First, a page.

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Latin: A Linguistic Introduction

By Renato Oniga and Norma Shifano

Applies the principles of contemporary linguistics to the study of Latin and provides clear explanations of grammatical rules alongside diagrams to illustrate complex structures.


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The Ancient Language, and the Dialect of Cornwall, with an Enlarged Glossary of Cornish Provincial Words

By Frederick W.P. Jago

Containing around 3,700 dialect words from both Cornish and English,, this glossary was published in 1882 by Frederick W. P. Jago (1817–92) in an effort to describe and preserve the dialect as it too declined and it is an invaluable record of a disappearing dialect and way of life.


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Linguistic Bibliography for the Year 2013

The Linguistic Bibliography is by far the most comprehensive bibliographic reference work in the field. This volume contains up-to-date and extensive indexes of names, languages, and subjects.


Academic Paper


Title: Recruiting a nonlocal language for performing local identity: Indexical appropriations of Lingala in the Congolese border town Goma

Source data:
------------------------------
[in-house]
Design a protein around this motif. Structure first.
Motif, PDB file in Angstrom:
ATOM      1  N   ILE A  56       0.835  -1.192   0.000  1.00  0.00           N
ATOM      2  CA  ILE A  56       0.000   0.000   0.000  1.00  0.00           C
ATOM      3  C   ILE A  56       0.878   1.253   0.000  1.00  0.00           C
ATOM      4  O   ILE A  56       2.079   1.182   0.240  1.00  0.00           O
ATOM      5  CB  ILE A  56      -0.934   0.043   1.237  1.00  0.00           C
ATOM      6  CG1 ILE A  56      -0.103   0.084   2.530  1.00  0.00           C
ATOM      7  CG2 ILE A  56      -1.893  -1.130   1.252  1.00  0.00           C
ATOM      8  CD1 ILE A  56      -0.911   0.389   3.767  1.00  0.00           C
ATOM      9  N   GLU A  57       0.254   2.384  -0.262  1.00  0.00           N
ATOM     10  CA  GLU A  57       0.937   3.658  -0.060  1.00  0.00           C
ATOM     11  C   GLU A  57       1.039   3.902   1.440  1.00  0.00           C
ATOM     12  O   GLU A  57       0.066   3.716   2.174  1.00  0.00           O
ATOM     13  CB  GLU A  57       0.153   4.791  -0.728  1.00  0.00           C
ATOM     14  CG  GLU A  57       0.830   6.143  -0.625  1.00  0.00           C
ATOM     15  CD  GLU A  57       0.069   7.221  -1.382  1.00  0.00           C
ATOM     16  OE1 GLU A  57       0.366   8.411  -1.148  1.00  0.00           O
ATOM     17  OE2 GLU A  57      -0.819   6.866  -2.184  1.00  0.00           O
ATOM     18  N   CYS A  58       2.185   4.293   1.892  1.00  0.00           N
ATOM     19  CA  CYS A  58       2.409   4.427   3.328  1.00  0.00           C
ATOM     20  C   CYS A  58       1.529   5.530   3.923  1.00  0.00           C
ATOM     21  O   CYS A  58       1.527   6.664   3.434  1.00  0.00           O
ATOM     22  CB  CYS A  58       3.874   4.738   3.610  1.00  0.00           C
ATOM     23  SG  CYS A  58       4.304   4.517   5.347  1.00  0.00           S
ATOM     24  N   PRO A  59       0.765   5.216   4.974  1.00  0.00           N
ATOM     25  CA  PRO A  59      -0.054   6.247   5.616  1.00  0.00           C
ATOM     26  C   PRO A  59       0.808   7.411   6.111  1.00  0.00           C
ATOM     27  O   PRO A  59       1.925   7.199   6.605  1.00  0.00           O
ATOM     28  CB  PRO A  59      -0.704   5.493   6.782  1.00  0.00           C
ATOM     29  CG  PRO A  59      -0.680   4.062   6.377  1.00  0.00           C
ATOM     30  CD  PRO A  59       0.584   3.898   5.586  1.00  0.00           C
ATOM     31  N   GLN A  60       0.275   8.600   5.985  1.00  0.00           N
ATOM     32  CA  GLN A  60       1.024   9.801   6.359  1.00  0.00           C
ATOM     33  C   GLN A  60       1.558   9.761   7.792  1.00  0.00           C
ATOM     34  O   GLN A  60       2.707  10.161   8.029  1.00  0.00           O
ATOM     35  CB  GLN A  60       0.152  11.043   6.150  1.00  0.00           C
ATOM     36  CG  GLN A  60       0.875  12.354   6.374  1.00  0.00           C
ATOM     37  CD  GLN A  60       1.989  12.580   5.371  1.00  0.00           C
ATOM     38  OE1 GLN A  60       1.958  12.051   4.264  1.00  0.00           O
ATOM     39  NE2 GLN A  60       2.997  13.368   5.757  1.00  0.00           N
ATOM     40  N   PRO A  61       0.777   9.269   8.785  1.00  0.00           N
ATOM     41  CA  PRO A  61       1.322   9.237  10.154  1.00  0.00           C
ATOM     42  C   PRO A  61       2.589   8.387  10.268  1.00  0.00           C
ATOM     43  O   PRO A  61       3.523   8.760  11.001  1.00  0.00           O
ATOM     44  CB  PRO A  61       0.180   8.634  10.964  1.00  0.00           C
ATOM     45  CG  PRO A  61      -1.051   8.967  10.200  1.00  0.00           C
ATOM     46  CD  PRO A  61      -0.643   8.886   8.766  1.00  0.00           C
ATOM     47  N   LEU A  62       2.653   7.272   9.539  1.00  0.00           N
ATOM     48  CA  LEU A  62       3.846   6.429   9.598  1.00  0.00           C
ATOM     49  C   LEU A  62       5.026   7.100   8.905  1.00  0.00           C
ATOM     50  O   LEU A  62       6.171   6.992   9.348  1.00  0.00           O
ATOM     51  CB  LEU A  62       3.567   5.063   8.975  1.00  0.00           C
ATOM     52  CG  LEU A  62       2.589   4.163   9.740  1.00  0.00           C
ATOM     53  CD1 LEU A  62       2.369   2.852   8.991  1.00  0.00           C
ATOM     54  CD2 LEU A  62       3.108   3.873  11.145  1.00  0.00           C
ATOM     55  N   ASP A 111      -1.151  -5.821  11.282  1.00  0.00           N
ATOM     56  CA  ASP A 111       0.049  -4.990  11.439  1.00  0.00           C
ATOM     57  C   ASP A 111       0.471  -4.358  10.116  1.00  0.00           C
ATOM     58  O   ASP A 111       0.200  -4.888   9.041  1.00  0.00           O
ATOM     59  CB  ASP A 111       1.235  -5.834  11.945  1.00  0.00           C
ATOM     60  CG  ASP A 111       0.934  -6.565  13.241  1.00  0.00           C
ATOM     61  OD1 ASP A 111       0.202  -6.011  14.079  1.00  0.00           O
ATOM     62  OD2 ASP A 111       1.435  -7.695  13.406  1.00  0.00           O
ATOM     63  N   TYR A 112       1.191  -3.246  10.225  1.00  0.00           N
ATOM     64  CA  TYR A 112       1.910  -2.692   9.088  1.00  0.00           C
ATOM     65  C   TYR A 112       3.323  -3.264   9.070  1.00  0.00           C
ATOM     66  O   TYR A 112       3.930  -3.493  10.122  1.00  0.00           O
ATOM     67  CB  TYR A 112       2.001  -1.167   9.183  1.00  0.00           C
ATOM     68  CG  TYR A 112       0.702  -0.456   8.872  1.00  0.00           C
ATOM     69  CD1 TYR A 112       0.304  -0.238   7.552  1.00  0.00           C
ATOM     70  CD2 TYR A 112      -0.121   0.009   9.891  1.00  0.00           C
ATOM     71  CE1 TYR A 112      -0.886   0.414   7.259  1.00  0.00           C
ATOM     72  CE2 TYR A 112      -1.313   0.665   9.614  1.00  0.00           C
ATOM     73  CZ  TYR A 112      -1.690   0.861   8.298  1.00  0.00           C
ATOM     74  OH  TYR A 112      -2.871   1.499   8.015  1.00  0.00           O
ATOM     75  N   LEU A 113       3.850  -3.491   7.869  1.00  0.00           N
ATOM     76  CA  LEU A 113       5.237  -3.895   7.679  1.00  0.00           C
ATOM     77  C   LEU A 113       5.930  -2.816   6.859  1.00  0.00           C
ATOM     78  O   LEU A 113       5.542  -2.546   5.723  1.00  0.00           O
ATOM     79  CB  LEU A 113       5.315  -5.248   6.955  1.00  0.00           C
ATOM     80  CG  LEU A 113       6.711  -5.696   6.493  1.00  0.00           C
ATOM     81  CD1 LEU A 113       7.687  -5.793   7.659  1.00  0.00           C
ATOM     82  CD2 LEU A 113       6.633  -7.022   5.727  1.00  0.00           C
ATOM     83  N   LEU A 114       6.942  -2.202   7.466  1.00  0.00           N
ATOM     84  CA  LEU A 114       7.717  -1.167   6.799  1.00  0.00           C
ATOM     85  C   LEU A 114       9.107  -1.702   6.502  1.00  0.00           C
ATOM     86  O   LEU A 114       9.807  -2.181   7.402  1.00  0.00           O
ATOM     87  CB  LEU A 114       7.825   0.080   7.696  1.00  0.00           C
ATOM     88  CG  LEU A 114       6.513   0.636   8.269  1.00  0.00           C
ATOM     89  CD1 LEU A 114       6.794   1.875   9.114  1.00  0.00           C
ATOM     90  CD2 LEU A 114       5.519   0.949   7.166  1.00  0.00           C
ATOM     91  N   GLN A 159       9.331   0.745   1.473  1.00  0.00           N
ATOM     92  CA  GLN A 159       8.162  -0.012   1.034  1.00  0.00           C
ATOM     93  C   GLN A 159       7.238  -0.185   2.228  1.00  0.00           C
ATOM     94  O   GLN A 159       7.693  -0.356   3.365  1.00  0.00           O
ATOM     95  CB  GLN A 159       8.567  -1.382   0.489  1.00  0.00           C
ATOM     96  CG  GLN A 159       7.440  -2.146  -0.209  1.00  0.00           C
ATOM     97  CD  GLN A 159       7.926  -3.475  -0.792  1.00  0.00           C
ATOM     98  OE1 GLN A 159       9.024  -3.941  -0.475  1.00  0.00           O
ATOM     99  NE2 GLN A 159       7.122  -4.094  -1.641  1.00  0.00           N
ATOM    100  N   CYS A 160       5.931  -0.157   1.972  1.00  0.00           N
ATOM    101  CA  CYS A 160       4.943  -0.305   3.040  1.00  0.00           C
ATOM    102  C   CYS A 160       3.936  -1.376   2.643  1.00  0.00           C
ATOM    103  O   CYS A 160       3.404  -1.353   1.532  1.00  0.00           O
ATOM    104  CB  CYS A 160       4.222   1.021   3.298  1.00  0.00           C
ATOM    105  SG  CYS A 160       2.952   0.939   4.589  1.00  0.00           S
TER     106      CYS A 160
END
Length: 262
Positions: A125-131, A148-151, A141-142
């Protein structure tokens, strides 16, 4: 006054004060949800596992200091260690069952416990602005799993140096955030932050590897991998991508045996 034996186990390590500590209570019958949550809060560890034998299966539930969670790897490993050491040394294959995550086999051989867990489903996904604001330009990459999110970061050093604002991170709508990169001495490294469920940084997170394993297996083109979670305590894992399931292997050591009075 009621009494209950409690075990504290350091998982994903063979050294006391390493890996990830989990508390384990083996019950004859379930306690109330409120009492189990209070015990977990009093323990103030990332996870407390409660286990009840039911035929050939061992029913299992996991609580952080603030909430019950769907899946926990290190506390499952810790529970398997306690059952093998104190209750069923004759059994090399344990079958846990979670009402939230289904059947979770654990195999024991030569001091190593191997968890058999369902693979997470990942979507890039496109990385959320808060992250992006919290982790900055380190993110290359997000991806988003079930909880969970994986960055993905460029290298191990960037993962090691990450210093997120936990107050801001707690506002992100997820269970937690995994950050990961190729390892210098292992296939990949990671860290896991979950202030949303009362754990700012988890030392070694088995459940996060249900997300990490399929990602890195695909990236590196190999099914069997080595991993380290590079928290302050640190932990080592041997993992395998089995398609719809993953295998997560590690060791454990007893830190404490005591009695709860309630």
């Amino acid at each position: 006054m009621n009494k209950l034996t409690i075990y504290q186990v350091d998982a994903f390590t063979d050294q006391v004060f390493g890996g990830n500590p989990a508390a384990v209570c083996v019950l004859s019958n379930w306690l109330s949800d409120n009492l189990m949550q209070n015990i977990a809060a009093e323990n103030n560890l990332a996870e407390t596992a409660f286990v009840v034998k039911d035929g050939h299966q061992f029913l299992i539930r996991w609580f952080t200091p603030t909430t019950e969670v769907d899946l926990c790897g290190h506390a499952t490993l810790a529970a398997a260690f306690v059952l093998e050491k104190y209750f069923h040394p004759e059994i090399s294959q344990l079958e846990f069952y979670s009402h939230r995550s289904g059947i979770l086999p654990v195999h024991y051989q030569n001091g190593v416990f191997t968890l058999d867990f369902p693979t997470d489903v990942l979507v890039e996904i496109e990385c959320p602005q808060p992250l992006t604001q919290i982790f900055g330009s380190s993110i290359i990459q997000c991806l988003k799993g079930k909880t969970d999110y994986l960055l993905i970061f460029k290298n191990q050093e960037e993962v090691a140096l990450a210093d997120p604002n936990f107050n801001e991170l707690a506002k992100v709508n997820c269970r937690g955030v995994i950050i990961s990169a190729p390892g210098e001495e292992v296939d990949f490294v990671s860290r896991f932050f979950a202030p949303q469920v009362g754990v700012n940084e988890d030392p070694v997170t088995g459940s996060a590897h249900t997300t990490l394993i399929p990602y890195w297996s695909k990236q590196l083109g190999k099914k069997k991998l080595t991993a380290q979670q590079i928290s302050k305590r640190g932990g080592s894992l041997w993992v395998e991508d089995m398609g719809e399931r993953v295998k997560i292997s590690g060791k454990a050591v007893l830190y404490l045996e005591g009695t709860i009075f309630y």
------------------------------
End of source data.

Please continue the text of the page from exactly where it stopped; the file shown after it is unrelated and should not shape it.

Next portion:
Author: Karen Büscher
Institution: Ghent University
Author: Sigurd D'hondt
Institution: Ghent University
Author: Michael Meeuwis
Institution: Ghent University
Linguistic Field: Discourse Analysis; Pragmatics; Sociolinguistics
Subject Language: Lingala
Abstract: This article describes discursive processes by which inhabitants of the Congolese border town Goma attribute new indexical values to Lingala, a language exogenous to the area of which most Goma inhabitants only possess limited knowledge. This creative reconfiguration of indexicalities results in the emergence of three “indexicalities of the second order”: the indexing of (i) being a true Congolese, (ii) toughness (based on Lingala's association with the military), and (iii) urban sophistication (based on its association with the capital Kinshasa). While the last two second-order reinterpretations are also widespread in other parts of the Congolese territory, the first one, resulting in the emergence of a Lingala as an “indexical icon” of a corresponding “language community,” deeply reflects local circumstances and concerns, in particular the sociopolitical volatility of the Rwandan-Congolese borderland that renders publicly affirming one's status as an “autochthonous” Congolese pivotal for assuring a livelihood and at times even personal security. (Lingala, Democratic Republic of the Congo, Goma, orders of indexicality, language community, autochthony, Kiswahili)

CUP at LINGUIST

This article appears in Language in Society Vol. 42, Issue 5, which you can read on Cambridge's site or on LINGUIST .



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